Navigating the Hybrid Journey

By: Jezzibell Gilmore, Chad Milam

Steve had spent years growing, optimizing, and downright coddling his server farm. It was almost where he wanted it. A few more months and he’d have everything perfect. Then Steve got the orders that thousands of IT managers have gotten from their management over the last several years: migrate everything to the cloud.

No! Not when he was so close! What was Steve to do? Abandon his beloved servers?

Unfortunately, the direction from management was unequivocal. Cloud is where the company wanted, and needed, to be. And it was Steve’s job to ensure it made a smooth transition.

Sound familiar?

A few years ago, the trend was for enterprises to fully embrace the cloud and migrate all of their assets and workloads from on-prem and colocation-based solutions into the hyper-scale cloud service providers (CSPs.) The promises of the cloud were just too amazing to pass up: super highly available, secure development and operations (DevOps) enabled infrastructure, and platforms that “just worked.”

Since then, some of the sheen has worn off of that message, and many enterprises are now finding a balanced solution between all public and all private. It turns out Steve had a good point: there are applications that fit better into on-prem resources. There were things, however, the cloud could do better than Steve’s server farm.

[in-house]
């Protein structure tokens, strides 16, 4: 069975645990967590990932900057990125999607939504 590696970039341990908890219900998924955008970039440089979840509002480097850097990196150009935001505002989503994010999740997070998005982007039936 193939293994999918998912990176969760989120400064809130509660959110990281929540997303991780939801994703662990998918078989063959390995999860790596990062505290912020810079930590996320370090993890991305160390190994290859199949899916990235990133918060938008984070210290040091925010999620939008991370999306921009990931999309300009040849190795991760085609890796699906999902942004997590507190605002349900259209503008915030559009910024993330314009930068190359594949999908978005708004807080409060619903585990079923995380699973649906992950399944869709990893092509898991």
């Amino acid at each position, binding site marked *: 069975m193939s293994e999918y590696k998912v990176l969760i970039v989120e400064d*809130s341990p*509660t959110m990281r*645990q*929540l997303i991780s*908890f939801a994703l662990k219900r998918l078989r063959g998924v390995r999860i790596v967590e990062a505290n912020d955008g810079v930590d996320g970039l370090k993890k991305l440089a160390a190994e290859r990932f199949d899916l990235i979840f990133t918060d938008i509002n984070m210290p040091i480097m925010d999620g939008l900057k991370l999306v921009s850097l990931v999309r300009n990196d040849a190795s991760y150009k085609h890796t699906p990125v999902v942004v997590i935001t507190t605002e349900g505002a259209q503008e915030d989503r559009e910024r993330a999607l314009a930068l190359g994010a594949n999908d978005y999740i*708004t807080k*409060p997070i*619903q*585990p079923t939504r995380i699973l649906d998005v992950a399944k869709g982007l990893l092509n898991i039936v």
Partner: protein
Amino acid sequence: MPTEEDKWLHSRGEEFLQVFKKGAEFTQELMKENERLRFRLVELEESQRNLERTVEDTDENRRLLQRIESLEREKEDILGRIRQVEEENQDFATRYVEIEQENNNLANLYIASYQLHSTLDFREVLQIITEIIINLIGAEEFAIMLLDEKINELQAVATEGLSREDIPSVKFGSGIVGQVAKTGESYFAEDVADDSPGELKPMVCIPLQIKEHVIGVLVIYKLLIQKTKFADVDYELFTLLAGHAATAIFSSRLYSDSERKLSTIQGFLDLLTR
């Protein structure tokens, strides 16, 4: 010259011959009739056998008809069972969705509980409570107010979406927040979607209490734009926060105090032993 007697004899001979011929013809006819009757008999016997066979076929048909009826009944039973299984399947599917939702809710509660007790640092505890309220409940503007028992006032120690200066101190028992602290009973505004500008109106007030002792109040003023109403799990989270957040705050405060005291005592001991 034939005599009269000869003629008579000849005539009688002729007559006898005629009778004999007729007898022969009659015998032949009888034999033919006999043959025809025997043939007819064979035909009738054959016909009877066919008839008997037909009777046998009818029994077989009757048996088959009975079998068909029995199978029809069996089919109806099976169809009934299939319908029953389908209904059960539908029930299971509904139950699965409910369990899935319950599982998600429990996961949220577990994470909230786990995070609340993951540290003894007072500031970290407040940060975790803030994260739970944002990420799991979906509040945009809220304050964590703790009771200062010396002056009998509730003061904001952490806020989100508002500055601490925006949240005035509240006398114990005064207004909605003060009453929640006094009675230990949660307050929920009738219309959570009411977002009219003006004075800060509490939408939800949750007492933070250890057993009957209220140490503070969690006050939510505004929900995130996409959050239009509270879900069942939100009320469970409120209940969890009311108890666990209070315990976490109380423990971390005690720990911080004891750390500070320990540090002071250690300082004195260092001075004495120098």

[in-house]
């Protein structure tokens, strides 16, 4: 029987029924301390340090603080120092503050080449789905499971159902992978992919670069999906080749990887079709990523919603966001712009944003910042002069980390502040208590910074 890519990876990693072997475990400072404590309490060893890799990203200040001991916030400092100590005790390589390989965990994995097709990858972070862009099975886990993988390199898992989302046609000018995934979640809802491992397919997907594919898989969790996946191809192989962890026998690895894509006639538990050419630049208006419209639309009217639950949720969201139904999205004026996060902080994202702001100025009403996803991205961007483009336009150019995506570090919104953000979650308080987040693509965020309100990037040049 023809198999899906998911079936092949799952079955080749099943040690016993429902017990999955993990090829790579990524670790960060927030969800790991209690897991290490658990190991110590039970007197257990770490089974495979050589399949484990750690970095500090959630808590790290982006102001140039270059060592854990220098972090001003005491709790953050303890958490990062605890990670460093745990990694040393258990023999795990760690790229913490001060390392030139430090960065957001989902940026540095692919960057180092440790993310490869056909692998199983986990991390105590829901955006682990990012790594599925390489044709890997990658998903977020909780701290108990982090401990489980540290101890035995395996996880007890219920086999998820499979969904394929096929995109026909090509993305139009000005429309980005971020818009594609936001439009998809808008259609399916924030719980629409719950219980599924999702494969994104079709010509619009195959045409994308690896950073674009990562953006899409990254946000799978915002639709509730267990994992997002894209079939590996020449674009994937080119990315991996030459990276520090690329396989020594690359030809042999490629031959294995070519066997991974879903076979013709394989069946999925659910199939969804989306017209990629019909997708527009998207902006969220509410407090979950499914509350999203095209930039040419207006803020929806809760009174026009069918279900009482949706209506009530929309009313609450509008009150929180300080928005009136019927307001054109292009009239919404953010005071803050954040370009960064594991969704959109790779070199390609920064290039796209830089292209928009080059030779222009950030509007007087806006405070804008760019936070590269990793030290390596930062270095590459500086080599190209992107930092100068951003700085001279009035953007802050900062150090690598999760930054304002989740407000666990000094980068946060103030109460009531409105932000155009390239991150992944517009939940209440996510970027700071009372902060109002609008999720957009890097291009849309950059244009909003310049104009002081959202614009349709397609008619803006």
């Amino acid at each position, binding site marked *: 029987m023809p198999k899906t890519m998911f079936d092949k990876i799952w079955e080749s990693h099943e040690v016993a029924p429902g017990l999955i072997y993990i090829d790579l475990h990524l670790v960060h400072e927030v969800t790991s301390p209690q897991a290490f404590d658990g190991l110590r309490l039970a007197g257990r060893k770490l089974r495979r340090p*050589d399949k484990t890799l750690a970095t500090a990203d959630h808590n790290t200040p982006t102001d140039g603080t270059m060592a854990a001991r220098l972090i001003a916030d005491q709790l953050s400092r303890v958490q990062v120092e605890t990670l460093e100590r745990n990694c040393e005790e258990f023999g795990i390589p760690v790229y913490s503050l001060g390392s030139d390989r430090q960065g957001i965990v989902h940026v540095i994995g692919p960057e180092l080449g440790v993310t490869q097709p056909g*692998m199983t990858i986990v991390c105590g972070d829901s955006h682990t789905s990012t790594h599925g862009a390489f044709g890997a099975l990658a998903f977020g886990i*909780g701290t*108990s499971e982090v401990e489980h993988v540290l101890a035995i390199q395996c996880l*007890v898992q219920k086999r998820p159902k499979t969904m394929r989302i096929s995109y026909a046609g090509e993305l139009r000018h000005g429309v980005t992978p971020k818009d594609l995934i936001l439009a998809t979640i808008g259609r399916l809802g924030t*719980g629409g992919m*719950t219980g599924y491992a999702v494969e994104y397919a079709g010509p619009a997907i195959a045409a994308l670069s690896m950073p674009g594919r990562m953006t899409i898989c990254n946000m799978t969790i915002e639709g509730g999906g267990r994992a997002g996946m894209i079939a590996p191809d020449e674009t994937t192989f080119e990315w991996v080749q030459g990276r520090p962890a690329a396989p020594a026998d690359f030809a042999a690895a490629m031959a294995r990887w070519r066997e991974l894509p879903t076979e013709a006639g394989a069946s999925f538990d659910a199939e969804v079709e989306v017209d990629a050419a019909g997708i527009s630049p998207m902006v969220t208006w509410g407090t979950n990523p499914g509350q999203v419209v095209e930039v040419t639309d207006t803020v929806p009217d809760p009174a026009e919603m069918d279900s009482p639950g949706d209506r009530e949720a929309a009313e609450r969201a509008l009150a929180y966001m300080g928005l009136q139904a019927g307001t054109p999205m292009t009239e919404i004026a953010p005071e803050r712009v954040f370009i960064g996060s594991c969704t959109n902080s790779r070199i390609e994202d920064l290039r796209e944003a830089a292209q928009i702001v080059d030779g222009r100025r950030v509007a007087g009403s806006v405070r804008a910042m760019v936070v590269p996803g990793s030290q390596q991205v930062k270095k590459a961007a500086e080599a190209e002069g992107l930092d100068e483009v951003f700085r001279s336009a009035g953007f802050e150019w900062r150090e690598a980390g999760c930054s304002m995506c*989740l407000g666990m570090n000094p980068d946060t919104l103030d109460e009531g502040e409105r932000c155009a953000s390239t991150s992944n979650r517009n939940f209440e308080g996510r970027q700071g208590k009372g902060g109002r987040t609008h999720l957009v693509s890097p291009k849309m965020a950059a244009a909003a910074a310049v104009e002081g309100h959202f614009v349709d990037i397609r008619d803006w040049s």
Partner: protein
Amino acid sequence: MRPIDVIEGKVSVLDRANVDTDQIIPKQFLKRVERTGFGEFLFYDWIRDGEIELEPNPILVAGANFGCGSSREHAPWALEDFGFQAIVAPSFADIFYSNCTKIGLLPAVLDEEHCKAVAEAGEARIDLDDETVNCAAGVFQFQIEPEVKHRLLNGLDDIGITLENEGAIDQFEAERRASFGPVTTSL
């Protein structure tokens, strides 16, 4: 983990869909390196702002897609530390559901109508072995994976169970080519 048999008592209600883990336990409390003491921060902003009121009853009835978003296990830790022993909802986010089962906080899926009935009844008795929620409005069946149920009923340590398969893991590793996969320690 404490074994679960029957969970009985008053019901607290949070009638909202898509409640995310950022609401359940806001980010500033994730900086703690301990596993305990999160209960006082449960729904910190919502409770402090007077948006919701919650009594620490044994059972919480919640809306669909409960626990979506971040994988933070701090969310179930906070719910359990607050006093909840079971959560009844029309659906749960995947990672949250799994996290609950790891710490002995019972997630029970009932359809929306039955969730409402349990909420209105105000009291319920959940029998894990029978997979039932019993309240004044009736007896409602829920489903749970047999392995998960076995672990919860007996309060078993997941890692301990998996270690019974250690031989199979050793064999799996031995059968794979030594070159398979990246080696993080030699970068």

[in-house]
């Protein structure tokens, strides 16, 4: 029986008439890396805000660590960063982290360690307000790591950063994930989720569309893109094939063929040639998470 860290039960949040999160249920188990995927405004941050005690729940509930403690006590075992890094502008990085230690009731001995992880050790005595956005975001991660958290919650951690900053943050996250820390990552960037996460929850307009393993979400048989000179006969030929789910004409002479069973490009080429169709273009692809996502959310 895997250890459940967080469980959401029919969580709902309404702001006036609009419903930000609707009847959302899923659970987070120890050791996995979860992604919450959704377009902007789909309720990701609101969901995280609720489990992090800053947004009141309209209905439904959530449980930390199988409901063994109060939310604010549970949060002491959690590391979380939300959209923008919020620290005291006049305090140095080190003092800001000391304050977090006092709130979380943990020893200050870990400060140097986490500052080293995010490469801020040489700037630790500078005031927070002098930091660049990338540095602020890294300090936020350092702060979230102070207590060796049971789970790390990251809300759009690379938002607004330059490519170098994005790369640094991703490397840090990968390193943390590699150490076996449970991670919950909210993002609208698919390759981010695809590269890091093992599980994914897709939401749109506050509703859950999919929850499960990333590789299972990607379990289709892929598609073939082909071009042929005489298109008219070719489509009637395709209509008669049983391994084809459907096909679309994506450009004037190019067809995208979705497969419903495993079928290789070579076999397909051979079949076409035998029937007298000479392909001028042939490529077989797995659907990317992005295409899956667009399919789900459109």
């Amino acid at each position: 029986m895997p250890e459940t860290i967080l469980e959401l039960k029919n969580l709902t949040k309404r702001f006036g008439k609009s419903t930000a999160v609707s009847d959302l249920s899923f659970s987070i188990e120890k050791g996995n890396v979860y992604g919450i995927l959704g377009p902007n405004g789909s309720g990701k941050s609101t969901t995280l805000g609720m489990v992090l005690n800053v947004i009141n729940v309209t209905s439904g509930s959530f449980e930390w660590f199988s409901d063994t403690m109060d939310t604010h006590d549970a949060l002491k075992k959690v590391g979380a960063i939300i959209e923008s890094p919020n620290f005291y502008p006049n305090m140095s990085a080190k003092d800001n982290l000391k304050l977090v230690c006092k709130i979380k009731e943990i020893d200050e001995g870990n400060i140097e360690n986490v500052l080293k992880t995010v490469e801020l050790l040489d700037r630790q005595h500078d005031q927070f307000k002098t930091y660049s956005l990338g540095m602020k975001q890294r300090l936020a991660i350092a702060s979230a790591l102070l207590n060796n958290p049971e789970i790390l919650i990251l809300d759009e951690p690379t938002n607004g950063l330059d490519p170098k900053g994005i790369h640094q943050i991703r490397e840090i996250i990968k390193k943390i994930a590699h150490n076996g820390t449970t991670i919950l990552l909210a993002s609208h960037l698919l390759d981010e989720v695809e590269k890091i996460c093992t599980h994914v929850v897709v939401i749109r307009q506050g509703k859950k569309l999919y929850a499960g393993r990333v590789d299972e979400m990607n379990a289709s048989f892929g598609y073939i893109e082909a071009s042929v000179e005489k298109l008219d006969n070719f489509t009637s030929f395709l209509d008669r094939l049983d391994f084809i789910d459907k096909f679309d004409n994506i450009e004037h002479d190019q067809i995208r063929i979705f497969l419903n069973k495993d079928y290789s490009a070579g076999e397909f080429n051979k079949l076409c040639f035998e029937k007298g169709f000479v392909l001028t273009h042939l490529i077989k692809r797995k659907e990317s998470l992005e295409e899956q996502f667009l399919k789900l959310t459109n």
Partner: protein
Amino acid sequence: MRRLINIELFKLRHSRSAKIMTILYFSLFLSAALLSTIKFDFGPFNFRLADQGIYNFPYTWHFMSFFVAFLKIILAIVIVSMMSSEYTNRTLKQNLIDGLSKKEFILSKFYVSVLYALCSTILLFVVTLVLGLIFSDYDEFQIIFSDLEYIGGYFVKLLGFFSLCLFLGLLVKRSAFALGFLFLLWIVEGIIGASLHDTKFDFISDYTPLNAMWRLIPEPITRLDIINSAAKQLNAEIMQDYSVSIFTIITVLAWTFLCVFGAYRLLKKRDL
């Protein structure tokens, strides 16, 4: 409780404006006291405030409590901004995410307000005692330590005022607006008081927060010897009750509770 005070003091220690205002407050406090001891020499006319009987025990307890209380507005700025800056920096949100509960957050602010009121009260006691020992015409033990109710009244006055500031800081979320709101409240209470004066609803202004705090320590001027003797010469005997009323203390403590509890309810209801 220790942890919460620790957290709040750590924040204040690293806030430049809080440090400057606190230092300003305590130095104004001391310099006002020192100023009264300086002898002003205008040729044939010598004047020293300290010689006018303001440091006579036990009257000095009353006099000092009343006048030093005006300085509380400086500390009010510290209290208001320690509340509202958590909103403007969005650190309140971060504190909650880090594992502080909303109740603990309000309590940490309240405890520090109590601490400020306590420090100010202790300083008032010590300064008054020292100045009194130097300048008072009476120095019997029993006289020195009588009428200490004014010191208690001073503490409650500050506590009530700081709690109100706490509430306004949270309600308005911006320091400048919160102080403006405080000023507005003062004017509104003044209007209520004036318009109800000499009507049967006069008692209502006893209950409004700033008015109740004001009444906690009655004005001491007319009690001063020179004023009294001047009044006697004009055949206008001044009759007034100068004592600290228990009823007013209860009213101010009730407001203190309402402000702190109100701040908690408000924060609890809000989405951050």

Thus, the hybrid cloud solution was born. 

The Evolution of Networking

Networking, as it turns out, is not immune to the ebb and flow of public vs. private—and everything in between. The key difference is that the network is the enabling factor that allows the cloud to work at all. If it weren’t for the network, these assets and workloads would just be stranded on a random computer somewhere in the world. Networks have gone through decades of evolution, from frame-relay to Internet Protocol Virtual Private Network (IP VPN) to Multiprotocol Label Switching (MPLS) and now to Software Defined Wide Area Network (SD-WAN) solutions, moving from private to public overlay and back again. 

The problem with this is that a total shift to one extreme or the other rarely makes sense. Sure, there are corner cases where either a public or a private network is the obvious choice. High-frequency trading requires the ultra-low latency networks only a private network can provide, but it doesn’t make much sense for small to medium-size businesses that need little more than Internet access and email to invest in private network infrastructure.

Thus, as with compute and storage more commonly adopting a hybrid approach, we believe networks will go that way as well. We envision a hybrid of public IP transit overlay network technologies, such as SD-WAN, combined with agile, high bandwidth, private transport networks. Each has its place in a modern enterprise IT infrastructure.

Public IP transit overlay networks like SD-WAN provide a cost-effective, easy-to-manage, first- and last-mile solution to reach thousands of branch locations, without the headache of sourcing private line connectivity. The Internet, thanks to its almost total ubiquity, can be obtained nearly anywhere on the globe. In fact, if you are willing to use satellites, there is virtually no location on the planet that can’t connect to the Internet. SD-WAN takes advantage of this reach and builds on it with simple, cost-effective, manageable security—through encryption and centralized control—to enable a fully meshed network topology.


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